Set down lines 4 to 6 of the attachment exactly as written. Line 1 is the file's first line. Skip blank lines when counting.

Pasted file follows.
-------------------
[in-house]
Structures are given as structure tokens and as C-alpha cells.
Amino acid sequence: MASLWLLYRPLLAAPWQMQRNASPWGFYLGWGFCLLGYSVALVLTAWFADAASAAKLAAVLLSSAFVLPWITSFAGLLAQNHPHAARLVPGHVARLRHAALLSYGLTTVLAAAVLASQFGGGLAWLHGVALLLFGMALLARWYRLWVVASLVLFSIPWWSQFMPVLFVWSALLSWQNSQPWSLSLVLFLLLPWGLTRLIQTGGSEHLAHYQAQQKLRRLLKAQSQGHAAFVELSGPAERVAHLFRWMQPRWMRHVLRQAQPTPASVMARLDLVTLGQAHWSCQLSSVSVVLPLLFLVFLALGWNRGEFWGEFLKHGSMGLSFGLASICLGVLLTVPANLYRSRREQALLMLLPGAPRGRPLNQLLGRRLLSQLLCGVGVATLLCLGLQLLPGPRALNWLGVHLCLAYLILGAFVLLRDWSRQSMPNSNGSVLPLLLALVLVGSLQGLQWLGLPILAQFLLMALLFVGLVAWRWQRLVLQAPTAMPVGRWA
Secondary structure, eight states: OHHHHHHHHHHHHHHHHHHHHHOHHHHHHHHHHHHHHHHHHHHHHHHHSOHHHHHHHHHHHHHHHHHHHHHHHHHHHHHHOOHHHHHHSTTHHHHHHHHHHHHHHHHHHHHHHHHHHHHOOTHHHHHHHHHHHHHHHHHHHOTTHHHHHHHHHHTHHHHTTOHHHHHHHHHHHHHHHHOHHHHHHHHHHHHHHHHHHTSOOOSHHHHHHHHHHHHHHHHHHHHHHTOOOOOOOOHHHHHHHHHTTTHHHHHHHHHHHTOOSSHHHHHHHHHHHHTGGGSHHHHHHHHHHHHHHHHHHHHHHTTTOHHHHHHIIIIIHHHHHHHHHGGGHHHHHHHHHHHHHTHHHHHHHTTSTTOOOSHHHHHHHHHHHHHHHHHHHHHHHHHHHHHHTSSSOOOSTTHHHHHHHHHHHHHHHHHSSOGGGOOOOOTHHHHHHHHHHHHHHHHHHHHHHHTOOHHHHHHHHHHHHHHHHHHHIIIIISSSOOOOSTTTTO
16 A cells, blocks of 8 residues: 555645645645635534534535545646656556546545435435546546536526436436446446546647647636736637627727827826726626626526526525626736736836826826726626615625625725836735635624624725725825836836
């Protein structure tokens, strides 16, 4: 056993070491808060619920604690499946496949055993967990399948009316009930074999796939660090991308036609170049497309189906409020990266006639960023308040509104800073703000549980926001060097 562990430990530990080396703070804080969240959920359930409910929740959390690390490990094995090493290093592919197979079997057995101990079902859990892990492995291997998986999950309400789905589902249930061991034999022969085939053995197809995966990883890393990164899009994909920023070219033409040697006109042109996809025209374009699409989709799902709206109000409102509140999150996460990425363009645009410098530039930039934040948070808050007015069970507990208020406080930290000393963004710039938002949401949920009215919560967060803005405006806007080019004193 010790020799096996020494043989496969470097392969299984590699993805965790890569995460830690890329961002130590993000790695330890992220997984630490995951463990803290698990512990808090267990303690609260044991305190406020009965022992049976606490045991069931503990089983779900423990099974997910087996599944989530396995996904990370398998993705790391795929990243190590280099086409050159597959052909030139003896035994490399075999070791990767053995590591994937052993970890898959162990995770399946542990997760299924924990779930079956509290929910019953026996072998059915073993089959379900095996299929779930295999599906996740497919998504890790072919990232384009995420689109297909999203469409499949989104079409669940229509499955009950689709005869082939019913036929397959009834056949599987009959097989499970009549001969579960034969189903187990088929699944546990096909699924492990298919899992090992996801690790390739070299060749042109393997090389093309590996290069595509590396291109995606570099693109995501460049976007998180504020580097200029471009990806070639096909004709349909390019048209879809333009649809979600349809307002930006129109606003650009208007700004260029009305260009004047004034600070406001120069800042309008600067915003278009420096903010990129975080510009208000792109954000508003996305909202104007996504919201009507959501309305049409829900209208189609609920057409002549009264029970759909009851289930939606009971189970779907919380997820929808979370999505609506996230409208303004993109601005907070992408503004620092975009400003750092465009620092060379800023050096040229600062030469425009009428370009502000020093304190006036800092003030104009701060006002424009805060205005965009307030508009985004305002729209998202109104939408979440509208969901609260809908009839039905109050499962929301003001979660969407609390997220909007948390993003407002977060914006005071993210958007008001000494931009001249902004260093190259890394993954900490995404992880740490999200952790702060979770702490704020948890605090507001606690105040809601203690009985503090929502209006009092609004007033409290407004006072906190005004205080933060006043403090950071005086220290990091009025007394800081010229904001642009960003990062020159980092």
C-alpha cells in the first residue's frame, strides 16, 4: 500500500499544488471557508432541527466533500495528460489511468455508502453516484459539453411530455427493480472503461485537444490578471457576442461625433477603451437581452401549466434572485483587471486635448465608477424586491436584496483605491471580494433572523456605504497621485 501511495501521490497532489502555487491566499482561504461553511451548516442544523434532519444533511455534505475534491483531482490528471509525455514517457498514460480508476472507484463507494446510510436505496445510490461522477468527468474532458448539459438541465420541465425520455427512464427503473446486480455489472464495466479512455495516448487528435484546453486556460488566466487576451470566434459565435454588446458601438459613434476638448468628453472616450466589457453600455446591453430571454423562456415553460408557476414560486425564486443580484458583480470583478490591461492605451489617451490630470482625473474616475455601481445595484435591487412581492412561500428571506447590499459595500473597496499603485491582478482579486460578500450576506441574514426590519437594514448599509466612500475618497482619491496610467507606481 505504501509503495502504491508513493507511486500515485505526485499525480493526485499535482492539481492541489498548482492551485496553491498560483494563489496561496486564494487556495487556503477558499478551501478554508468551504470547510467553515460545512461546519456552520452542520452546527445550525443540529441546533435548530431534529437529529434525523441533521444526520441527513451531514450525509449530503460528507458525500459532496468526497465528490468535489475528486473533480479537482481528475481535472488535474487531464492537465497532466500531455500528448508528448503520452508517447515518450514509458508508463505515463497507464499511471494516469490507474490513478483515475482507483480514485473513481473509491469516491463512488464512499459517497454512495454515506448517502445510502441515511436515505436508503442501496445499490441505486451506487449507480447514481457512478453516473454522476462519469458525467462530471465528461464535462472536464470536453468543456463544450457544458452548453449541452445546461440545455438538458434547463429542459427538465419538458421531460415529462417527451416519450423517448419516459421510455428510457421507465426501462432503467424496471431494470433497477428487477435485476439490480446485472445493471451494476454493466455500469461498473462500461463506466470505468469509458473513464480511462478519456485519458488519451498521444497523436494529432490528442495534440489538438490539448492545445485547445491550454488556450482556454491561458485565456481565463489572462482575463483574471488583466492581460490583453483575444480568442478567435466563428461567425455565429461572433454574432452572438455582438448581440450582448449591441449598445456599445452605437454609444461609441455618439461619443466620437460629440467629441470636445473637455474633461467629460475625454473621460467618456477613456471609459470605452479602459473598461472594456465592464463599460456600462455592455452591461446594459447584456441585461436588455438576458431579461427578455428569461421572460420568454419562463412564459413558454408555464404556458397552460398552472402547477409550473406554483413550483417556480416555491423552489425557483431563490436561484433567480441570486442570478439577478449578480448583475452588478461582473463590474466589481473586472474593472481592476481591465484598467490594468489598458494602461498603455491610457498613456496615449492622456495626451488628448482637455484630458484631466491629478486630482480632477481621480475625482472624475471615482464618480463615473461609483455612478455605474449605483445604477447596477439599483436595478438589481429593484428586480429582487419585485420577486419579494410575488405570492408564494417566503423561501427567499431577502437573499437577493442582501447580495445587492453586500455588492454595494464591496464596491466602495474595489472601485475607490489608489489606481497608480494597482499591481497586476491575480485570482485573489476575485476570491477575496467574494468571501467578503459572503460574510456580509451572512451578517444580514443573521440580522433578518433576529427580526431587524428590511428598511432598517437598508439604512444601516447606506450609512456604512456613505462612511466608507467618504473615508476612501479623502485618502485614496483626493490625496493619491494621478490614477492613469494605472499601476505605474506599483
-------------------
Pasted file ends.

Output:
Secondary structure, eight states: OHHHHHHHHHHHHHHHHHHHHHOHHHHHHHHHHHHHHHHHHHHHHHHHSOHHHHHHHHHHHHHHHHHHHHHHHHHHHHHHOOHHHHHHSTTHHHHHHHHHHHHHHHHHHHHHHHHHHHHOOTHHHHHHHHHHHHHHHHHHHOTTHHHHHHHHHHTHHHHTTOHHHHHHHHHHHHHHHHOHHHHHHHHHHHHHHHHHHTSOOOSHHHHHHHHHHHHHHHHHHHHHHTOOOOOOOOHHHHHHHHHTTTHHHHHHHHHHHTOOSSHHHHHHHHHHHHTGGGSHHHHHHHHHHHHHHHHHHHHHHTTTOHHHHHHIIIIIHHHHHHHHHGGGHHHHHHHHHHHHHTHHHHHHHTTSTTOOOSHHHHHHHHHHHHHHHHHHHHHHHHHHHHHHTSSSOOOSTTHHHHHHHHHHHHHHHHHSSOGGGOOOOOTHHHHHHHHHHHHHHHHHHHHHHHTOOHHHHHHHHHHHHHHHHHHHIIIIISSSOOOOSTTTTO
16 A cells, blocks of 8 residues: 555645645645635534534535545646656556546545435435546546536526436436446446546647647636736637627727827826726626626526526525626736736836826826726626615625625725836735635624624725725825836836
């Protein structure tokens, strides 16, 4: 056993070491808060619920604690499946496949055993967990399948009316009930074999796939660090991308036609170049497309189906409020990266006639960023308040509104800073703000549980926001060097 562990430990530990080396703070804080969240959920359930409910929740959390690390490990094995090493290093592919197979079997057995101990079902859990892990492995291997998986999950309400789905589902249930061991034999022969085939053995197809995966990883890393990164899009994909920023070219033409040697006109042109996809025209374009699409989709799902709206109000409102509140999150996460990425363009645009410098530039930039934040948070808050007015069970507990208020406080930290000393963004710039938002949401949920009215919560967060803005405006806007080019004193 010790020799096996020494043989496969470097392969299984590699993805965790890569995460830690890329961002130590993000790695330890992220997984630490995951463990803290698990512990808090267990303690609260044991305190406020009965022992049976606490045991069931503990089983779900423990099974997910087996599944989530396995996904990370398998993705790391795929990243190590280099086409050159597959052909030139003896035994490399075999070791990767053995590591994937052993970890898959162990995770399946542990997760299924924990779930079956509290929910019953026996072998059915073993089959379900095996299929779930295999599906996740497919998504890790072919990232384009995420689109297909999203469409499949989104079409669940229509499955009950689709005869082939019913036929397959009834056949599987009959097989499970009549001969579960034969189903187990088929699944546990096909699924492990298919899992090992996801690790390739070299060749042109393997090389093309590996290069595509590396291109995606570099693109995501460049976007998180504020580097200029471009990806070639096909004709349909390019048209879809333009649809979600349809307002930006129109606003650009208007700004260029009305260009004047004034600070406001120069800042309008600067915003278009420096903010990129975080510009208000792109954000508003996305909202104007996504919201009507959501309305049409829900209208189609609920057409002549009264029970759909009851289930939606009971189970779907919380997820929808979370999505609506996230409208303004993109601005907070992408503004620092975009400003750092465009620092060379800023050096040229600062030469425009009428370009502000020093304190006036800092003030104009701060006002424009805060205005965009307030508009985004305002729209998202109104939408979440509208969901609260809908009839039905109050499962929301003001979660969407609390997220909007948390993003407002977060914006005071993210958007008001000494931009001249902004260093190259890394993954900490995404992880740490999200952790702060979770702490704020948890605090507001606690105040809601203690009985503090929502209006009092609004007033409290407004006072906190005004205080933060006043403090950071005086220290990091009025007394800081010229904001642009960003990062020159980092």